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The Cuba Internet Task Force - a Win for Trump and Castro

President Obama began working on Cuban rapprochement during his 2009 presidential campaign. After over five years of thought and negotiation, the Whitehouse announced a major shift in Cuba policy, which included allowing telecommunications providers “to establish the necessary mechanisms, including infrastructure, in Cuba to provide commercial telecommunications and Internet services, which will improve telecommunications between the United States and Cuba.”

When President Obama’s trip to Cuba was announced, I speculated on possible Internet-related advances but was disappointed by the results. While in Cuba, the President held optimistic public meetings, and several Internet-related projects were announced, but, as far as I know, none of them materialized. Can we expect more from Trump?

Last summer, Trump said he would be changing our Cuba policy and I speculated on how it might affect the Internet, but could not think of anything reasonable. When he published his Cuba policy memorandum, one of its purposes was to restore Cuban’s “right to speak freely, including through access to the Internet” and one of its goals was to “amplify efforts to support the Cuban people through the expansion of internet services.”

Trump said he was “canceling the last administration’s completely one-sided deal with Cuba,” but his Internet policy sounded a lot like Obama’s. The only concrete difference I saw was that Trump had ordered the State Department to convene a task force “to examine the technological challenges and opportunities for expanding internet access in Cuba.”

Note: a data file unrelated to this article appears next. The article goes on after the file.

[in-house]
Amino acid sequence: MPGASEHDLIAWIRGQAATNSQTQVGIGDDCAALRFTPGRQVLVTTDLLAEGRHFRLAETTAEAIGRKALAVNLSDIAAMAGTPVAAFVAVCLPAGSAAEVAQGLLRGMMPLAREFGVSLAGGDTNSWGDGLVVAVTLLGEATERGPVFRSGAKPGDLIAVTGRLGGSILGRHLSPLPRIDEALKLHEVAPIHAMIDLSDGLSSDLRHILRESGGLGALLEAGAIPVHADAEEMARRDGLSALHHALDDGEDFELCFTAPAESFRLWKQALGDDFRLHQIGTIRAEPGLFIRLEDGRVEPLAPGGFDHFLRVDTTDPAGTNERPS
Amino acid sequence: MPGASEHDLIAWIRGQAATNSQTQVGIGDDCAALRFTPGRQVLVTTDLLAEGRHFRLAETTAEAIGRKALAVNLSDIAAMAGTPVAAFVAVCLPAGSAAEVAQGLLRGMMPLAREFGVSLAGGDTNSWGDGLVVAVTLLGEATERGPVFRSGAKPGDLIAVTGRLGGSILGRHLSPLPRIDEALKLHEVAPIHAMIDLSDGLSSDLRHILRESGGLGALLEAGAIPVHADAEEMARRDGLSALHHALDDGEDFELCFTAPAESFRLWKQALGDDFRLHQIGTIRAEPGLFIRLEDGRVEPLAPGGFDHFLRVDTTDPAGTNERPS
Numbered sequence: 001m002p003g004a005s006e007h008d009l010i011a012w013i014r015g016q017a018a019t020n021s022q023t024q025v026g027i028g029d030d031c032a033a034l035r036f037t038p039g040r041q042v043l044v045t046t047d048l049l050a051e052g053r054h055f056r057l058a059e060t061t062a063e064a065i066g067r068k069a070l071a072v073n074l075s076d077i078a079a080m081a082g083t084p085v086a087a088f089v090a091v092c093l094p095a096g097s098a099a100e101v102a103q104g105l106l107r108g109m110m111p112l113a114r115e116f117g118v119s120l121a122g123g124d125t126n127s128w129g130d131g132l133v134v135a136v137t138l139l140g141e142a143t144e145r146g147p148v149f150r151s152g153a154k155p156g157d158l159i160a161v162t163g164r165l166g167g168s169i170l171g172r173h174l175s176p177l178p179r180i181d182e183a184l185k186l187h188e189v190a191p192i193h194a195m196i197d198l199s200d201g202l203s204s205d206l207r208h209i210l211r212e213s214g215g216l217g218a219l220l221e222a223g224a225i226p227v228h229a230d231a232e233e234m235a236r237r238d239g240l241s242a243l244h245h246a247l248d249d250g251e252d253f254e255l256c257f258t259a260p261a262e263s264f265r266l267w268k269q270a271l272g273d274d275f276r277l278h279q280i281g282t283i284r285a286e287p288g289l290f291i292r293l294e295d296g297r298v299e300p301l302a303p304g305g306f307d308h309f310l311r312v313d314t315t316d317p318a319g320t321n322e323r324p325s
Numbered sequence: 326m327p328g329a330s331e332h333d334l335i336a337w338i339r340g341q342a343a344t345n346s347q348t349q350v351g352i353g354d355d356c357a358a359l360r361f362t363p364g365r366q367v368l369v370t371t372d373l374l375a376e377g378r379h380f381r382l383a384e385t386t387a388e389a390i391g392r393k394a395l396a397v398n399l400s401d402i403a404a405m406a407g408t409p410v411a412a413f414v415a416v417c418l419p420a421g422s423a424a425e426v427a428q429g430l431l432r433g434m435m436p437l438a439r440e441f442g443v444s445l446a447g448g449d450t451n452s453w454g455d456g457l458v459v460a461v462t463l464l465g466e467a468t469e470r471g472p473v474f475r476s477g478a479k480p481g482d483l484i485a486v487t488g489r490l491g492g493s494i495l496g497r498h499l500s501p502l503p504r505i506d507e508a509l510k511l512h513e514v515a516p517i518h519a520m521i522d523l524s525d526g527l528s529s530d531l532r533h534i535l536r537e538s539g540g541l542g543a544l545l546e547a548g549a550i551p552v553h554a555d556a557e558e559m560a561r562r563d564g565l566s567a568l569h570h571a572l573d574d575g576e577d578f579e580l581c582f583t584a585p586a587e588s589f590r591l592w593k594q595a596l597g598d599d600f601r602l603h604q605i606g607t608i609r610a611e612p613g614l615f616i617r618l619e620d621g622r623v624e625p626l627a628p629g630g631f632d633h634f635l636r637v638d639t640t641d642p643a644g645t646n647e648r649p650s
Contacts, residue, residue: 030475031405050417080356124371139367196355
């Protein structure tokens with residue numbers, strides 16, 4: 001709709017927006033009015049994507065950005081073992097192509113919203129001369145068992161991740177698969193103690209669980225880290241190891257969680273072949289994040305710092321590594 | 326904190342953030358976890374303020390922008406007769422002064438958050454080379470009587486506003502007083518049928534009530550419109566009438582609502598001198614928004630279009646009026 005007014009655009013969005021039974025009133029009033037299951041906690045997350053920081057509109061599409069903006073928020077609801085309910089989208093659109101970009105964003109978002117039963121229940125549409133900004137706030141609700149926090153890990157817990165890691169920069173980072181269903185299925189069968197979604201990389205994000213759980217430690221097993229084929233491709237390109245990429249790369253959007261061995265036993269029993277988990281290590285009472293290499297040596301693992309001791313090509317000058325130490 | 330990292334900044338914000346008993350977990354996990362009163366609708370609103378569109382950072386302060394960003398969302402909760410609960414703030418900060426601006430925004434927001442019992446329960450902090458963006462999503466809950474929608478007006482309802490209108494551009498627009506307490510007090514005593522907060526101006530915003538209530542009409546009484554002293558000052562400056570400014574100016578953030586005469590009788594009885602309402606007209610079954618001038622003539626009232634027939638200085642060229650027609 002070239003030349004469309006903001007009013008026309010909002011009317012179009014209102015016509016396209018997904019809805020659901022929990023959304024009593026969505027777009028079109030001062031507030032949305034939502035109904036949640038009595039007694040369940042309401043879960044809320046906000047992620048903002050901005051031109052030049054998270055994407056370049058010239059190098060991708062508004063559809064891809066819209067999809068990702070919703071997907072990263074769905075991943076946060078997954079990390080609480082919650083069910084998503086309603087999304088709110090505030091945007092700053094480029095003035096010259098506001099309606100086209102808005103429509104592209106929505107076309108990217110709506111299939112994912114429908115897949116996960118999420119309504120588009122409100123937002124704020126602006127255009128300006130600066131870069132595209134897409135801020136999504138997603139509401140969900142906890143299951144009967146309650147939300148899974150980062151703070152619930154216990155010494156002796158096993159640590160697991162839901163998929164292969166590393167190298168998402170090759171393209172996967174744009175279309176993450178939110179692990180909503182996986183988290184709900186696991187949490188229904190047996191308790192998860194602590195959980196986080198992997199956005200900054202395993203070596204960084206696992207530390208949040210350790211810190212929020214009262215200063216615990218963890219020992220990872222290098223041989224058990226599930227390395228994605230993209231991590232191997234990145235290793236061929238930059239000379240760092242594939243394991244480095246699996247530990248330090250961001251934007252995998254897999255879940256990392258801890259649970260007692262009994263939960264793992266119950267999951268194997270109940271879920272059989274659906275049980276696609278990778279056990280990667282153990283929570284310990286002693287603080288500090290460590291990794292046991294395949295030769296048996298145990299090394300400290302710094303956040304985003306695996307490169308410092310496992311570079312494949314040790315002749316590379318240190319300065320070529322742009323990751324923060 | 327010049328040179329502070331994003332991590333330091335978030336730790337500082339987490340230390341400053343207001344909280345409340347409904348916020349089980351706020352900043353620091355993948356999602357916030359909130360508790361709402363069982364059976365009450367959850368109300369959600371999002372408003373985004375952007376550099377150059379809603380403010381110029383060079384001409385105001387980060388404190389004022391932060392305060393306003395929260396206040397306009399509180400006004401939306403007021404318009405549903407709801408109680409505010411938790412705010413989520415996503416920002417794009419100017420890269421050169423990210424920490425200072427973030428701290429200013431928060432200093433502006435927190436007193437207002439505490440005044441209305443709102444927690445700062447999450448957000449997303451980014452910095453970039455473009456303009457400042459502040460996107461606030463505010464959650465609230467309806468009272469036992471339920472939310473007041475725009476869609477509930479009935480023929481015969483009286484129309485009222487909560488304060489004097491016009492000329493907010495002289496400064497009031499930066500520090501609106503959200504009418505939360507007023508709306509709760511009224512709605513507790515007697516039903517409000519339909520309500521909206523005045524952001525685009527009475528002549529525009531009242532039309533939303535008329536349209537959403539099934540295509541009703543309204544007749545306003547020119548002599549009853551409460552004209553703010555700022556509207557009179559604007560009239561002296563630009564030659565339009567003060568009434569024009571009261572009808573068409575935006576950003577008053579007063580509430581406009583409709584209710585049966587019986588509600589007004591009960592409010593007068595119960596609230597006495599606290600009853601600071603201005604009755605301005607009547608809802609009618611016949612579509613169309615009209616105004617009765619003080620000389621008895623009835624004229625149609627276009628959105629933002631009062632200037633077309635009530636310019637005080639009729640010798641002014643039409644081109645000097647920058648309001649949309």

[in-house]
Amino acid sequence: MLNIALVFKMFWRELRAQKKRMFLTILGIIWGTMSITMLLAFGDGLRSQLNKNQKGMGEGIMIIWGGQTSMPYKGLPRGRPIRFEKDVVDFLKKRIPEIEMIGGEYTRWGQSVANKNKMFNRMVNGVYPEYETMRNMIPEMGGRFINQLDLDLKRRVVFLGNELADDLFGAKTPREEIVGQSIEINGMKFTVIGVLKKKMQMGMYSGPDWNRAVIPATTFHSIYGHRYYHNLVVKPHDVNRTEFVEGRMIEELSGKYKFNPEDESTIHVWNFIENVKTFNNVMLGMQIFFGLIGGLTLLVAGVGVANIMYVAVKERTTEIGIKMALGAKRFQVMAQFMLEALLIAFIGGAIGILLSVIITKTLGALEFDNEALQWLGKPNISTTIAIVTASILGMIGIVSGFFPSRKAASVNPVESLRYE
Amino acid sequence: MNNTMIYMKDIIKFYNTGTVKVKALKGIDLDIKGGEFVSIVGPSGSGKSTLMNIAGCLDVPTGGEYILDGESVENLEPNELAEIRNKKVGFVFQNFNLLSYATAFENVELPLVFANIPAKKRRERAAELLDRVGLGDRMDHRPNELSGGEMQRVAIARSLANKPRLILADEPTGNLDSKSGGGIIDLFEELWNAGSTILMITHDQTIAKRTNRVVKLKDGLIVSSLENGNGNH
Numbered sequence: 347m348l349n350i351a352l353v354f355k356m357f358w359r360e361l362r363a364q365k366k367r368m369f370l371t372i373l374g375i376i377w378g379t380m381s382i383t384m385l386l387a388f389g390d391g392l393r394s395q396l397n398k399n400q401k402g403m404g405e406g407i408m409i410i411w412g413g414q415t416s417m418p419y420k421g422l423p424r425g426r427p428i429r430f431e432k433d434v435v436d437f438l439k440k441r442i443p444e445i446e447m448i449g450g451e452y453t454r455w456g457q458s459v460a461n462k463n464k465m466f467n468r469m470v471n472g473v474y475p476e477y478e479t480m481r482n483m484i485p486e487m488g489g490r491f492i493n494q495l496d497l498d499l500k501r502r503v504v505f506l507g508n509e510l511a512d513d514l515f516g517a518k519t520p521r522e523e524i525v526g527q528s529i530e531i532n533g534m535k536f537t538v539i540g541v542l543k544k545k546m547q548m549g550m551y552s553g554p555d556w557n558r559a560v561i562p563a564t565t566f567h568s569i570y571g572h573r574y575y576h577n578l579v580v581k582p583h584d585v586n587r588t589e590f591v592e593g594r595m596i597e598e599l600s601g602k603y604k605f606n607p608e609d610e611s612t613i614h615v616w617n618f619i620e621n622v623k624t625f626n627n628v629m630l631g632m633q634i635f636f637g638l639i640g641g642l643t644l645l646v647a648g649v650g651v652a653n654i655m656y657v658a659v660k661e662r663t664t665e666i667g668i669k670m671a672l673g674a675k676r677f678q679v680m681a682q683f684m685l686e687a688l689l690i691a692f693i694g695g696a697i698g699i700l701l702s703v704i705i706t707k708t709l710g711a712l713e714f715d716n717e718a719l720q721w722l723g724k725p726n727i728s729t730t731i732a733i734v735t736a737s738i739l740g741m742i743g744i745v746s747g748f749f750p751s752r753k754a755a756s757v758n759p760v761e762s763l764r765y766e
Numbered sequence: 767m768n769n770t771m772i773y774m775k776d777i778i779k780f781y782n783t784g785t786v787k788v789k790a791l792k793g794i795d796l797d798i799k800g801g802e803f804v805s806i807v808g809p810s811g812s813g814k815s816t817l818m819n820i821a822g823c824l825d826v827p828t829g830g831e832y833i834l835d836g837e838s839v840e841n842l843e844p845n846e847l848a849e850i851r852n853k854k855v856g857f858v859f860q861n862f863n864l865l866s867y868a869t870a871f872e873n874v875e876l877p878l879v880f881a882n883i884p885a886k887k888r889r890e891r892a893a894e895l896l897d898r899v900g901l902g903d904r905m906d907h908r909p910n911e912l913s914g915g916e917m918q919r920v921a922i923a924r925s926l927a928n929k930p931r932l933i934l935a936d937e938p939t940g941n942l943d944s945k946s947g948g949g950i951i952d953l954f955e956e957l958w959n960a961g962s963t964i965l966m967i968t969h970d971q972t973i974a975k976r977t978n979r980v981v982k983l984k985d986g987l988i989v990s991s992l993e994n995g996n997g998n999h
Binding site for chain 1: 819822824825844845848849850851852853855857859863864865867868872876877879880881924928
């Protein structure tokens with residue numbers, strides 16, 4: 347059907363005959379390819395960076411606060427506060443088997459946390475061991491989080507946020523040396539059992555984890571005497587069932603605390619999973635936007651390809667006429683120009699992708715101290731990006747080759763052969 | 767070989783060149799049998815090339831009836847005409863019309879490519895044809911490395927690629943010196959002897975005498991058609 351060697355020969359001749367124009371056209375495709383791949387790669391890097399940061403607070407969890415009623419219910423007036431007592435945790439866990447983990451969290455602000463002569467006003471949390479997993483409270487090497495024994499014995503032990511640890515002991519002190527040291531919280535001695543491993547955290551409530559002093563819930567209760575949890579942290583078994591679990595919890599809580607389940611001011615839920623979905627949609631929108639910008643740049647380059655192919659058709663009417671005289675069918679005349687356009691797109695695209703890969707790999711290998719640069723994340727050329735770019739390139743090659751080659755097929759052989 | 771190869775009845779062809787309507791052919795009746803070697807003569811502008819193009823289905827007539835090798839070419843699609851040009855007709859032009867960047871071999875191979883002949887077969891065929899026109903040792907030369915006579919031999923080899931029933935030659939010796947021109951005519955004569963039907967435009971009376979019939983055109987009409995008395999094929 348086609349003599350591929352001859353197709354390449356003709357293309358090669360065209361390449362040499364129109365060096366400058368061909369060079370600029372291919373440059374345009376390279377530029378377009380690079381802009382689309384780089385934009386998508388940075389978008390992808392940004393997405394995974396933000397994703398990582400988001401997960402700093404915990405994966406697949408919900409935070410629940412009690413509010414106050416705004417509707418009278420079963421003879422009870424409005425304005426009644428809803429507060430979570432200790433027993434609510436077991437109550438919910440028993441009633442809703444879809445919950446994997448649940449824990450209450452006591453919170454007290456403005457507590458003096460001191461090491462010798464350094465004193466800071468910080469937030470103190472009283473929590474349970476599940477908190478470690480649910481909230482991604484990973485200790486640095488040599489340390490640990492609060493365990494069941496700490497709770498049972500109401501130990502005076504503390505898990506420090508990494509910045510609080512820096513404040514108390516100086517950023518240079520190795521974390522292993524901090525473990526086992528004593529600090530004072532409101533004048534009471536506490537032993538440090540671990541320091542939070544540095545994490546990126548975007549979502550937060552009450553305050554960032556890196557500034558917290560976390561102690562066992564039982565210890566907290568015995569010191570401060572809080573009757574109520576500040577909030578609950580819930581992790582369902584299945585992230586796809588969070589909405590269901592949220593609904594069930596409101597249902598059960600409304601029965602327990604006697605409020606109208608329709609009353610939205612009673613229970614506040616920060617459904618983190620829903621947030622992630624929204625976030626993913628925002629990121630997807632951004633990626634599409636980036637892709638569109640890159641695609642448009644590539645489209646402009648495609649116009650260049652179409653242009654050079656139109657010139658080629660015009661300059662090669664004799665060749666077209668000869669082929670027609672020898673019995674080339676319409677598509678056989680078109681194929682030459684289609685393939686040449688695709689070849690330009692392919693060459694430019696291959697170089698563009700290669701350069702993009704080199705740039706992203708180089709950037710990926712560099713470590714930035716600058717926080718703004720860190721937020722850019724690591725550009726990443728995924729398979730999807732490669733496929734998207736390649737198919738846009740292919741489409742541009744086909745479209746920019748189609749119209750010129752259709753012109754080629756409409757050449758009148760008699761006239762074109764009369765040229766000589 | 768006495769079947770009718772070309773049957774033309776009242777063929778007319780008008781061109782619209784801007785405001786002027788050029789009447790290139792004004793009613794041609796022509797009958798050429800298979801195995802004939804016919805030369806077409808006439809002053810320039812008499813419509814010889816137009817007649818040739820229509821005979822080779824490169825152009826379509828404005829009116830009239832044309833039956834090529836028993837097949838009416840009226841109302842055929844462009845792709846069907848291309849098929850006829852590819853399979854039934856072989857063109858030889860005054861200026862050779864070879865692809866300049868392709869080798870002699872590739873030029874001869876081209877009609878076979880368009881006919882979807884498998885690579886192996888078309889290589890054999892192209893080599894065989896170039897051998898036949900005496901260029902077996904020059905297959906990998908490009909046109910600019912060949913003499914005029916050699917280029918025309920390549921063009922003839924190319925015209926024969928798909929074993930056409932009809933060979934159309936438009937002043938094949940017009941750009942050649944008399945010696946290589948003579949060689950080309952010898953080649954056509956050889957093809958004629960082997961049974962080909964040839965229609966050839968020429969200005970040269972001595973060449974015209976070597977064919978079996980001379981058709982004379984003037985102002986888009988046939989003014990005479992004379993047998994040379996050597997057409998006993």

Last week, the State Department issued a public invitation to attend the first meeting of that Cuba Internet Task Force on February 7th.

I called the State Department to ask whether the meeting would be streamed or archived and was told that it would not. I asked if they had any information on the meeting agenda, the charge of the task force and who the members were. They referred my questions to the Press office, but they did not answer.

We will hopefully learn more after the meeting, but what might Trump do? Will we see the laissez-faire Trump who promised Saudi Arabia that “America will not seek to impose our way of life on others” or some sort of digital Bay of Pigs like the failed smuggling of satellite equipment into Cuba, Zunzuneo or the Alan Gross affair?

My guess is that not much will happen—that this task force and the rest of Trump’s Cuba policy is for domestic political consumption by anti-Castro politicians and voters. The Cuban government is also using the task force for domestic political consumption. Their reaction to its formation was predictable—saying that Cuba is being attacked by a powerful, hostile nation. Within a few days of the formation of the task force, many articles like this one were published by the Cuban government and allied publications like China’s Xinhua and Russia’s RT. (Perhaps rekindling the Cold War is part of making America great again).

Ironically, this task force is a political win for both Castro and Trump—autocracy thrives on fear and mistrust.

By Larry Press, Professor of Information Systems at California State University

He has been on the faculties of the University of Lund, Sweden and the University of Southern California, and worked for IBM and the System Development Corporation. Larry maintains a blog on Internet applications and implications at cis471.blogspot.com and follows Cuban Internet development at laredcubana.blogspot.com.

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